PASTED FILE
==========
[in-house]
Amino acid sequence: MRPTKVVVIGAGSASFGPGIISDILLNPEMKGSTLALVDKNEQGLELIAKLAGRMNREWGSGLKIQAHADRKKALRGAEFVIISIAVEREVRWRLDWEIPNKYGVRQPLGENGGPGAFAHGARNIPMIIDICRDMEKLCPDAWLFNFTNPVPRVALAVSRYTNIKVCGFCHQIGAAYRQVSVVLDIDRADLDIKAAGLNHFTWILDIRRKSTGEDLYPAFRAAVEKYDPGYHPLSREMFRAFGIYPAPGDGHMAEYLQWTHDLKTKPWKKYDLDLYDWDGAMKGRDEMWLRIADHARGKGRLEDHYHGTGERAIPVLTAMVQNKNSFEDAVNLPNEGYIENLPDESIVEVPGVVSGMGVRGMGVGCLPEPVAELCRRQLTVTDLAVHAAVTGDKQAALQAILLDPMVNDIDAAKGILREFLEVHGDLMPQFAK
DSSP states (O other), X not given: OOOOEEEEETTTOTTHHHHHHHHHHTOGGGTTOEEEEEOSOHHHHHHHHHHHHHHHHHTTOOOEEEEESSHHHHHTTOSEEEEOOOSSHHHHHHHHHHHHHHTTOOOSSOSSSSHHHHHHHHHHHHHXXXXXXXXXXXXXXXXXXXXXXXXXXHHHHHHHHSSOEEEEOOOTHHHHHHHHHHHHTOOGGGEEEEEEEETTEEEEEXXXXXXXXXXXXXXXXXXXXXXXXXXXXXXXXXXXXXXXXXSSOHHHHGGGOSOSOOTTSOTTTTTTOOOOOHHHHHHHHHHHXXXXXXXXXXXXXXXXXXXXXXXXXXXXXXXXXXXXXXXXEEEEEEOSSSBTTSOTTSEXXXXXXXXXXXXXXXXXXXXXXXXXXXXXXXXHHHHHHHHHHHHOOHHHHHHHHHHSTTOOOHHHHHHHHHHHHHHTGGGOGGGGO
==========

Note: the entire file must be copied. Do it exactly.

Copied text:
[in-house]
Amino acid sequence: MRPTKVVVIGAGSASFGPGIISDILLNPEMKGSTLALVDKNEQGLELIAKLAGRMNREWGSGLKIQAHADRKKALRGAEFVIISIAVEREVRWRLDWEIPNKYGVRQPLGENGGPGAFAHGARNIPMIIDICRDMEKLCPDAWLFNFTNPVPRVALAVSRYTNIKVCGFCHQIGAAYRQVSVVLDIDRADLDIKAAGLNHFTWILDIRRKSTGEDLYPAFRAAVEKYDPGYHPLSREMFRAFGIYPAPGDGHMAEYLQWTHDLKTKPWKKYDLDLYDWDGAMKGRDEMWLRIADHARGKGRLEDHYHGTGERAIPVLTAMVQNKNSFEDAVNLPNEGYIENLPDESIVEVPGVVSGMGVRGMGVGCLPEPVAELCRRQLTVTDLAVHAAVTGDKQAALQAILLDPMVNDIDAAKGILREFLEVHGDLMPQFAK
DSSP states (O other), X not given: OOOOEEEEETTTOTTHHHHHHHHHHTOGGGTTOEEEEEOSOHHHHHHHHHHHHHHHHHTTOOOEEEEESSHHHHHTTOSEEEEOOOSSHHHHHHHHHHHHHHTTOOOSSOSSSSHHHHHHHHHHHHHXXXXXXXXXXXXXXXXXXXXXXXXXXHHHHHHHHSSOEEEEOOOTHHHHHHHHHHHHTOOGGGEEEEEEEETTEEEEEXXXXXXXXXXXXXXXXXXXXXXXXXXXXXXXXXXXXXXXXXSSOHHHHGGGOSOSOOTTSOTTTTTTOOOOOHHHHHHHHHHHXXXXXXXXXXXXXXXXXXXXXXXXXXXXXXXXXXXXXXXXEEEEEEOSSSBTTSOTTSEXXXXXXXXXXXXXXXXXXXXXXXXXXXXXXXXHHHHHHHHHHHHOOHHHHHHHHHHSTTOOOHHHHHHHHHHHHHHTGGGOGGGGO